Staged by Irish choreographer Michael Keegan-Dolan for Fabulous Beast Dance Theatre, The Rite of Spring suggests a late and shivery spring, rather like this year’s. Created in 2009 and revised for this revival, Keegan-Dolan’s Rite returns as part of the centenary celebrations for Stravinsky’s iconic ballet, which had its riotous first performance in 1913.
There will be new and old stagings of the score around the world. Sadler’s Wells is presenting A String of Rites, a series of productions of or inspired by the ballet. Keegan-Dolan’s Rite is paired with his new Petrushka, a setting of another Stravinsky score. Both are played as piano duets, brightly performed by Lidija and Sanja Bizjak.
The original ballet showed a tribe choosing a maiden who would dance herself to death. Keegan-Dolan suggests a modern, rural Irish world, with tweedy clothes and cups of tea, turning in on itself as it looks for sacrifices. Early on, the dancers pounce on one woman, strip her to her underwear, then move on.
Two older performers look like elders of the tribe. Olwen Fouéré pours tea from an old kettle, making it look like a ritual. Bill Lengfelder sits on a table as if enthroned. Yet they’re potential victims, too: the cast pounce on Lengfelder and hold him up, under threat. At one point a woman wears a big, detailed hare mask; the other dancers are masked as hunting dogs, though they do not attack. Men and women drop trousers or hitch up skirts to hump the floor.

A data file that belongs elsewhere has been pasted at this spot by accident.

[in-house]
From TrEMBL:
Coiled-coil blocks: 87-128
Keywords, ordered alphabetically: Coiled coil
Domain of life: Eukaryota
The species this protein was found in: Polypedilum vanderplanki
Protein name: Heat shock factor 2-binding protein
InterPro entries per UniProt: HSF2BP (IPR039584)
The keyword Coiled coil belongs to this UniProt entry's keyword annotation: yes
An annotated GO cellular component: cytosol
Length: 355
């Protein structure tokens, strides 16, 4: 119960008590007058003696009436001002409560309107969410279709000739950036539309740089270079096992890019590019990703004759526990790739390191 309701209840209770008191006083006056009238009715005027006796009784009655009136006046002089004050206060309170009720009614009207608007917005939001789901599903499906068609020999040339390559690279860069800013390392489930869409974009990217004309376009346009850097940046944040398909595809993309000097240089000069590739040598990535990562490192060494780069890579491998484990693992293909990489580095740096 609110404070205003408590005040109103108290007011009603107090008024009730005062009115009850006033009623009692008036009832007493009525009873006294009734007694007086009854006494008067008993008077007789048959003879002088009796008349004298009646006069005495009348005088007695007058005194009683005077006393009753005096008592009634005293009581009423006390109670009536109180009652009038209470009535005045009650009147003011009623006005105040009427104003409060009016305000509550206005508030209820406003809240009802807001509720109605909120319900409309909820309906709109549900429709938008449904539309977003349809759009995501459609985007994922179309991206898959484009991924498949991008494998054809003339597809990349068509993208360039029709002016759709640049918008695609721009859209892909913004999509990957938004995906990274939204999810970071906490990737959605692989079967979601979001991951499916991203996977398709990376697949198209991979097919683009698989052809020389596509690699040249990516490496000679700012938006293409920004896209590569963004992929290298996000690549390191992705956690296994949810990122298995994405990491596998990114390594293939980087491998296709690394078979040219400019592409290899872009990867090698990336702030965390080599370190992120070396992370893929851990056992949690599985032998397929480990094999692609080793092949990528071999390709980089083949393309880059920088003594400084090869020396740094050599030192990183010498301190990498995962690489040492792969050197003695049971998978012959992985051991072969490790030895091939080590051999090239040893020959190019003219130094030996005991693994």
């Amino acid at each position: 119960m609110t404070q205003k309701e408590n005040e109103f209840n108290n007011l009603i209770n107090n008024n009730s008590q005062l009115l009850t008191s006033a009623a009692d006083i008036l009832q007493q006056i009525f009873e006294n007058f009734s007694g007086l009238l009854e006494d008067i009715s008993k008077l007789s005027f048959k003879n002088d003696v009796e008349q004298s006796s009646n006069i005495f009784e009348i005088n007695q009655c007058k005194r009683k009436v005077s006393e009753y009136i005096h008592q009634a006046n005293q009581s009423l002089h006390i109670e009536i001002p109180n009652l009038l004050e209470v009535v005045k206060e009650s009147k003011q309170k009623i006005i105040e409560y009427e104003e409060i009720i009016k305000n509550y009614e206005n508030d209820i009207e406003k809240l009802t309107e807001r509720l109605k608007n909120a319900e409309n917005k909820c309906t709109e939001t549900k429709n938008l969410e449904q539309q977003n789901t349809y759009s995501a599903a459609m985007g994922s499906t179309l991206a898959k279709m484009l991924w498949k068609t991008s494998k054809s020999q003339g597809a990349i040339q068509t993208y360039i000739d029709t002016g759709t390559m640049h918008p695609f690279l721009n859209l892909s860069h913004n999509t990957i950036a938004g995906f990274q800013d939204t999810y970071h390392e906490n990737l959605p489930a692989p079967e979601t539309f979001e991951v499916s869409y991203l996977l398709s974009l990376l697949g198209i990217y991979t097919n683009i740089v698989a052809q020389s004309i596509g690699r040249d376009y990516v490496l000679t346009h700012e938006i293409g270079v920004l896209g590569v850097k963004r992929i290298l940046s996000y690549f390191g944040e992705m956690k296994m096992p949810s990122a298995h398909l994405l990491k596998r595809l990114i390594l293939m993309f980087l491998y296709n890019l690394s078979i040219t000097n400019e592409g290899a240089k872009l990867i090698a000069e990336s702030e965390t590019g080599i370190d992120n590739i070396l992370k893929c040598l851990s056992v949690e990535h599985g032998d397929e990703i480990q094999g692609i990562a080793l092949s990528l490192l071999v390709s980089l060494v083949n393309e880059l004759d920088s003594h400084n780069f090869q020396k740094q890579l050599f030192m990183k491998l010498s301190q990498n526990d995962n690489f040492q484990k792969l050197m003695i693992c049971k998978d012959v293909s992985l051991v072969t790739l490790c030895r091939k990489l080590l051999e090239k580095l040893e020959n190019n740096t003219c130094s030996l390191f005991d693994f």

Keegan-Dolan and his dancers create a distinctive world, with its falls of late snow and deadpan rituals. It’s still a stretch to fill Stravinsky’s music, or to match the violence of this astonishing score.
Petrushka looks like an offshoot of the same universe, with more snow and similar skipping steps. Keegan-Dolan doesn’t tell Stravinsky’s story of a tragic puppet, but there are echoes of the plot and characters. Fouéré might be the magician/puppet master; she sits perched at the top of a pole, watching the action. The dancers literally look up to her for approval.
One soloist launches herself at a wall, like the original puppet fighting out of his cell. At the end, to the music for Petrushka’s ghost, she climbs out of this world by a rope ladder. Would the echoes work if you don’t know the original? Keegan-Dolan may be having his cake and eating it.
He’s at his best in the crowd dances. Dressed in white, his dancers lope through skimming steps and swaying changes of direction, with juicy folk dips and turns to this music’s thrilling rhythms.
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